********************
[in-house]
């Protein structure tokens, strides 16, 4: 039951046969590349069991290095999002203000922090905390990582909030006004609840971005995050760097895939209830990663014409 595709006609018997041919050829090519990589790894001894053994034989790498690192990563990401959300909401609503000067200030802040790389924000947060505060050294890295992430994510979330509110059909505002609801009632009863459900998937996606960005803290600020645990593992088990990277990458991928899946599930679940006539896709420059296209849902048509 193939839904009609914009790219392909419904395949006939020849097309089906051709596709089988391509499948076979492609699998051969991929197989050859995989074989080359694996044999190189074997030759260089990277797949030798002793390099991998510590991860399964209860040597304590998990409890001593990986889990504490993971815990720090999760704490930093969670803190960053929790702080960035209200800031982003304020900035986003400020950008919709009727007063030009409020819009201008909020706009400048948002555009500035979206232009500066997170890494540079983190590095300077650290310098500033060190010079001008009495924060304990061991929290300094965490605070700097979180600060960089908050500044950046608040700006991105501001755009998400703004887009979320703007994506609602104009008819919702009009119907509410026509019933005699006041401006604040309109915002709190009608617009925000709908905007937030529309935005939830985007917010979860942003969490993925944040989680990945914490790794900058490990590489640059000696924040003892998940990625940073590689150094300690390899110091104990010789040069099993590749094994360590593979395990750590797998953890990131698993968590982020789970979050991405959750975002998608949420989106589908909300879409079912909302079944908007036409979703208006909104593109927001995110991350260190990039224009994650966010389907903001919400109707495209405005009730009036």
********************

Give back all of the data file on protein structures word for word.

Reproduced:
[in-house]
């Protein structure tokens, strides 16, 4: 039951046969590349069991290095999002203000922090905390990582909030006004609840971005995050760097895939209830990663014409 595709006609018997041919050829090519990589790894001894053994034989790498690192990563990401959300909401609503000067200030802040790389924000947060505060050294890295992430994510979330509110059909505002609801009632009863459900998937996606960005803290600020645990593992088990990277990458991928899946599930679940006539896709420059296209849902048509 193939839904009609914009790219392909419904395949006939020849097309089906051709596709089988391509499948076979492609699998051969991929197989050859995989074989080359694996044999190189074997030759260089990277797949030798002793390099991998510590991860399964209860040597304590998990409890001593990986889990504490993971815990720090999760704490930093969670803190960053929790702080960035209200800031982003304020900035986003400020950008919709009727007063030009409020819009201008909020706009400048948002555009500035979206232009500066997170890494540079983190590095300077650290310098500033060190010079001008009495924060304990061991929290300094965490605070700097979180600060960089908050500044950046608040700006991105501001755009998400703004887009979320703007994506609602104009008819919702009009119907509410026509019933005699006041401006604040309109915002709190009608617009925000709908905007937030529309935005939830985007917010979860942003969490993925944040989680990945914490790794900058490990590489640059000696924040003892998940990625940073590689150094300690390899110091104990010789040069099993590749094994360590593979395990750590797998953890990131698993968590982020789970979050991405959750975002998608949420989106589908909300879409079912909302079944908007036409979703208006909104593109927001995110991350260190990039224009994650966010389907903001919400109707495209405005009730009036």